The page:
Zhang Jialing’s Total Trust (2023) closely examines China’s futuristic, high-tech surveillance state by following the lives of those trapped in it. At times, the latest project from the co-director of 2019 Sundance winner One Child Nation feels more like dystopian fiction than a documentary. The film’s most chilling moments are when we are reminded it’s the latter.
The film opens not with footage of cameras or monitors, but rather with a scenic view of Beijing's brightly lit skyline and booming, golden fireworks. Jialing presents an image of a prospering and proud society—not one that is being carefully watched at every turn. In cult-like fashion, a chorus of Chinese citizens wave flags and sing praises to the state. “After much suffering, I realized only the Chinese Communist Party can build a new China,” they proclaim in unison. But amidst this picturesque, bellowing city and its cheery people, something is obviously eerie; the film’s music changes its tune. It’s precisely beneath this guise of safety and national pride that China’s surveillance mechanisms take place, the film seems to say, and then asks: How does a country transform fear into loyalty?
Total Trust hones in on three main subjects and their families: the lawyer Chang Weiping, who was arrested in 2020 for “subversion of state power;” Wang Quanzhang, one of more than 300 human-rights lawyers and activists arrested during the 709 Crackdown in 2015; and the journalist Sophia Huang Xueqin, who reported on Chang Weiping’s case. The latter is under close watch by the police due to her coverage of Weiping’s disappearance, along with her position as a leading activist in the country's #MeToo movement.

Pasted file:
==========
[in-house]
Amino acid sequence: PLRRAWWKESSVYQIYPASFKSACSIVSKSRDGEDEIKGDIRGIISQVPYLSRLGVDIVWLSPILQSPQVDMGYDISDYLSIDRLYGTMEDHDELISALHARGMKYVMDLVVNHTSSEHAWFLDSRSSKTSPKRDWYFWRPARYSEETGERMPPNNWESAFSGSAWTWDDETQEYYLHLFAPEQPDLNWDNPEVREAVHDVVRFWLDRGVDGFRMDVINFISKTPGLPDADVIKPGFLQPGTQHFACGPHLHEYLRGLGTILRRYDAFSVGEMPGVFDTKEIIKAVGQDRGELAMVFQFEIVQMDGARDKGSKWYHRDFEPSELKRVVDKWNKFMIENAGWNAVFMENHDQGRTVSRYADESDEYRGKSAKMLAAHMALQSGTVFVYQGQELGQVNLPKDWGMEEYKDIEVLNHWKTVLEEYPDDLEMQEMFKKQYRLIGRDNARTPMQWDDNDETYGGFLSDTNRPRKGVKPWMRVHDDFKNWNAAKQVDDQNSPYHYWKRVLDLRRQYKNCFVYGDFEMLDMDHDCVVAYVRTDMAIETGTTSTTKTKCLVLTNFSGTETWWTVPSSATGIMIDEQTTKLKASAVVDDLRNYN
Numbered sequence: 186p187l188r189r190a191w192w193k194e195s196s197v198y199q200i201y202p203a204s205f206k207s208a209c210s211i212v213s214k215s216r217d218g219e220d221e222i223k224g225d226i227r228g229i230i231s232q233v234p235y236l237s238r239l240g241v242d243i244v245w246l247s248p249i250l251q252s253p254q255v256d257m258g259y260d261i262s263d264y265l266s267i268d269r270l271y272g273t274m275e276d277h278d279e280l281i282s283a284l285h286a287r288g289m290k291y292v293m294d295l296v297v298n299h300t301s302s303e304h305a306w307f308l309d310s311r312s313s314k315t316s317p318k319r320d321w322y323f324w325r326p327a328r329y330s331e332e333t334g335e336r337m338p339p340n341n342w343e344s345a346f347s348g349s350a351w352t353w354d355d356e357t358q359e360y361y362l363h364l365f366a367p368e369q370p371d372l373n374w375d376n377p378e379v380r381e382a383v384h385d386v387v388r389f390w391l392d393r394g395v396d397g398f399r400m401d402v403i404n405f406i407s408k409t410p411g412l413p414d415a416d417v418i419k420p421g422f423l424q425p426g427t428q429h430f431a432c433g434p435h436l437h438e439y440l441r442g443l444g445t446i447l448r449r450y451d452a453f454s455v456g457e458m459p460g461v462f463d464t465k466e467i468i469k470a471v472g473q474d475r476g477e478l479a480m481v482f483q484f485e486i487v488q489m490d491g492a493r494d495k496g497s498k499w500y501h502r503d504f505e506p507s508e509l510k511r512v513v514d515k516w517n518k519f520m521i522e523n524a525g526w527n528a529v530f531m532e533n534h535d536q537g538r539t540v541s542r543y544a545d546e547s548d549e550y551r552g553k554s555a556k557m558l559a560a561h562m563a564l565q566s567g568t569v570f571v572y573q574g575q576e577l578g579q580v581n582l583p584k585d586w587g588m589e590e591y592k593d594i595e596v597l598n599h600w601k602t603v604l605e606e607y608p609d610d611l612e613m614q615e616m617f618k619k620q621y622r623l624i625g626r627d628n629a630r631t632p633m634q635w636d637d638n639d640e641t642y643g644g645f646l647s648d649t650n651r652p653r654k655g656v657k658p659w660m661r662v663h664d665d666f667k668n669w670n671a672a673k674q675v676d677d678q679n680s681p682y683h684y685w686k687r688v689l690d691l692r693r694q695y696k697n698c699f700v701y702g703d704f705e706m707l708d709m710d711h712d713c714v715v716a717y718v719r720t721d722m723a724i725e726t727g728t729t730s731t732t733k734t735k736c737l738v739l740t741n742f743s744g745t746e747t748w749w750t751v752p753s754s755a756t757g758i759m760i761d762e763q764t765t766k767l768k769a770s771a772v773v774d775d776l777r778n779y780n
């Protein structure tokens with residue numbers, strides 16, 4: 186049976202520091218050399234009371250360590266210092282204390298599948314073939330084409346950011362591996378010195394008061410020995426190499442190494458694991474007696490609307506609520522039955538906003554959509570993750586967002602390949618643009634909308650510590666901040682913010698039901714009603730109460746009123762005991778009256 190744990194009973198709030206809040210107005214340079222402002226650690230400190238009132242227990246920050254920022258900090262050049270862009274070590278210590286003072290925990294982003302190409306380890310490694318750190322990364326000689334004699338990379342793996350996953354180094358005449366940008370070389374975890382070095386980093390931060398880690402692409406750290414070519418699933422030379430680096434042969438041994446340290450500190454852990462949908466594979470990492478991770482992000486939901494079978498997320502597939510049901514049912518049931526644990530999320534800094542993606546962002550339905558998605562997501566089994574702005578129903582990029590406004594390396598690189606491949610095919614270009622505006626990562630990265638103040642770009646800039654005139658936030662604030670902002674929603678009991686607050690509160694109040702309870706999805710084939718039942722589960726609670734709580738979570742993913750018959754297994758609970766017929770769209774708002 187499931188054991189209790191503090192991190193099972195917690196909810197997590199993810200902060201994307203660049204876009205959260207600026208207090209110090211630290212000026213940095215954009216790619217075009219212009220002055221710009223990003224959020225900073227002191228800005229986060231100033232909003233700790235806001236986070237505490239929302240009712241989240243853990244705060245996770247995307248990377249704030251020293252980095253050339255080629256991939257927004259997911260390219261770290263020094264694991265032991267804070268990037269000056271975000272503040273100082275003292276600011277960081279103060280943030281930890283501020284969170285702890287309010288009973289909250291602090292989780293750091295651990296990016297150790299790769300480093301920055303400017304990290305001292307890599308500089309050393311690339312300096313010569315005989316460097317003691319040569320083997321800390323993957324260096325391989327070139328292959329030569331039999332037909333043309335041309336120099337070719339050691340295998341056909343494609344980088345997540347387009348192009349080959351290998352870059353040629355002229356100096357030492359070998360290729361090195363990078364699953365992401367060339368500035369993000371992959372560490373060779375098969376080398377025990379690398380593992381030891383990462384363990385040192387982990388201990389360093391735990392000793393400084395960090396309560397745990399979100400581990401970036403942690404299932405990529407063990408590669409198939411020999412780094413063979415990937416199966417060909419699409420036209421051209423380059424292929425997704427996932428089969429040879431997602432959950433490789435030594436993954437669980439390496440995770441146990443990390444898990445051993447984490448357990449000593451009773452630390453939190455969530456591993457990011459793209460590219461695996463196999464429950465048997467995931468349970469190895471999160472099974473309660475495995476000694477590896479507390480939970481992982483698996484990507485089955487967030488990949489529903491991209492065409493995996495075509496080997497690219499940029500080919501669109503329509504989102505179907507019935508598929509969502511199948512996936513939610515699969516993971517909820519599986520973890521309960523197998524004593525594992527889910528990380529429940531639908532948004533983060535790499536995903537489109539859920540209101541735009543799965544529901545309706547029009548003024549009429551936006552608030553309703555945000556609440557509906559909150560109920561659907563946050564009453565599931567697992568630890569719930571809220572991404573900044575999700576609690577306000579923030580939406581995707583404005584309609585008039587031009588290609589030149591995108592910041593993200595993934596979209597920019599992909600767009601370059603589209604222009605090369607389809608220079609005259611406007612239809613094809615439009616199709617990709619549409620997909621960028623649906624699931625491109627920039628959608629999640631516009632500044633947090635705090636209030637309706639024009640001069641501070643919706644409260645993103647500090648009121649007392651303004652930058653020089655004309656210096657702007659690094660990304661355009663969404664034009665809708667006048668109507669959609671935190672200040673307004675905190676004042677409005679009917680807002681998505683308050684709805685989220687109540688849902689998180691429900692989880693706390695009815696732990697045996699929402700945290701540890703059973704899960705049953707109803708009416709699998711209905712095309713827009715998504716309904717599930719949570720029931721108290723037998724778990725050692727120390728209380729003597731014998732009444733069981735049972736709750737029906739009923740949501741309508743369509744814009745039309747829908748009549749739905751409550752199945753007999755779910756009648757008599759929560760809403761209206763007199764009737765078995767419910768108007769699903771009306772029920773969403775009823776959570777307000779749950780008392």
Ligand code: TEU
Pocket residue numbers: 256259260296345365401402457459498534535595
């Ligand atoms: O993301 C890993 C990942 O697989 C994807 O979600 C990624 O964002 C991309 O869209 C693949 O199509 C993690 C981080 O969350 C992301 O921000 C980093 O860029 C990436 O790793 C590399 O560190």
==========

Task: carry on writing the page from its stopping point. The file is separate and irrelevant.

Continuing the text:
The three stories told in Total Trust are maddening in their acute sense of powerlessness. With every step toward progress or justice, the government’s grip only gets tighter—breaking up families, futures, and perceptions of self. At one point, Weiping’s wife likens her existence to that of an animal in a cage.
In a sobering scene, Tutu, Weiping’s pre-teen son, kisses a cardboard cutout of his father and asks his mom about others who have disappeared alongside him: “If they have rights, why suppress them?” China’s surveillance state is so embedded into its society that only a child, one whose sense of right and wrong has not yet been corrupted, can realize that something doesn’t make sense.
From perfectly calculated social-credit ledgers to neighbors spying on neighbors, Total Trust exposes China’s shocking network of policies and programs intended to ensure the government has utmost control over its citizens. Jialing’s human-centered approach to a harrowing investigation into one of the world’s most expansive surveillance states attends to the heartbreaking realities of so many. Their lives are the stuff of our most cynical dystopian novels.
Total Trust opens tonight, December 8, at Film Forum.